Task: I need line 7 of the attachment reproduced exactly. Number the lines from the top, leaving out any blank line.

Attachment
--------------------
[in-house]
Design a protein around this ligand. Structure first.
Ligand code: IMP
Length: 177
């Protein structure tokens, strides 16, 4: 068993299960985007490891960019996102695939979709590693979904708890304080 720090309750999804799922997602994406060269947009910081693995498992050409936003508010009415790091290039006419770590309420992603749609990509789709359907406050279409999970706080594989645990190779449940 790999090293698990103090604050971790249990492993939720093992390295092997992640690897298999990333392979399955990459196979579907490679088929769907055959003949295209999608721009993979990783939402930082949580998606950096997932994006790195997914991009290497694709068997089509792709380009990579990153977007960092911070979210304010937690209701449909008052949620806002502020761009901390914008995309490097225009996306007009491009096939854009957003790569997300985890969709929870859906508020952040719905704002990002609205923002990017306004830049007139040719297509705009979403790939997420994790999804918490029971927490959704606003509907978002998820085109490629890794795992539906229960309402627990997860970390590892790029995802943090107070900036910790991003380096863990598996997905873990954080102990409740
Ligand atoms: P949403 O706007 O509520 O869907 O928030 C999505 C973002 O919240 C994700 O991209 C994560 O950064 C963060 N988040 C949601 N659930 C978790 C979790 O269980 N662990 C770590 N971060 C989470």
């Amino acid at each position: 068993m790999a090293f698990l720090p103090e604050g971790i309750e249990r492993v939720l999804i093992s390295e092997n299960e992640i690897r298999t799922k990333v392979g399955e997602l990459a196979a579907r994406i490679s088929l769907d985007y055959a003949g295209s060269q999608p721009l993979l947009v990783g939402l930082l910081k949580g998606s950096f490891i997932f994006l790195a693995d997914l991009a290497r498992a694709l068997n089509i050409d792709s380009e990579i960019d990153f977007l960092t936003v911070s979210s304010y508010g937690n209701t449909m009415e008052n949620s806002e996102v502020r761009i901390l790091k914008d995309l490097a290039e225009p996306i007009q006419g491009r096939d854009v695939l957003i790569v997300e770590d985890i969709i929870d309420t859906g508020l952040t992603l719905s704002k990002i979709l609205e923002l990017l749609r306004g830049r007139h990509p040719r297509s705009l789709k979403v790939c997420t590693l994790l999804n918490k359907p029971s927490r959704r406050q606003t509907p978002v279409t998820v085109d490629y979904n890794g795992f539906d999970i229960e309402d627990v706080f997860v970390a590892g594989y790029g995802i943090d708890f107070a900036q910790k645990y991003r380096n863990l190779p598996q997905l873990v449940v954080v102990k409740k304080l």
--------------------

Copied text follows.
């Amino acid at each position: 068993m790999a090293f698990l720090p103090e604050g971790i309750e249990r492993v939720l999804i093992s390295e092997n299960e992640i690897r298999t799922k990333v392979g399955e997602l990459a196979a579907r994406i490679s088929l769907d985007y055959a003949g295209s060269q999608p721009l993979l947009v990783g939402l930082l910081k949580g998606s950096f490891i997932f994006l790195a693995d997914l991009a290497r498992a694709l068997n089509i050409d792709s380009e990579i960019d990153f977007l960092t936003v911070s979210s304010y508010g937690n209701t449909m009415e008052n949620s806002e996102v502020r761009i901390l790091k914008d995309l490097a290039e225009p996306i007009q006419g491009r096939d854009v695939l957003i790569v997300e770590d985890i969709i929870d309420t859906g508020l952040t992603l719905s704002k990002i979709l609205e923002l990017l749609r306004g830049r007139h990509p040719r297509s705009l789709k979403v790939c997420t590693l994790l999804n918490k359907p029971s927490r959704r406050q606003t509907p978002v279409t998820v085109d490629y979904n890794g795992f539906d999970i229960e309402d627990v706080f997860v970390a590892g594989y790029g995802i943090d708890f107070a900036q910790k645990y991003r380096n863990l190779p598996q997905l873990v449940v954080v102990k409740k304080l």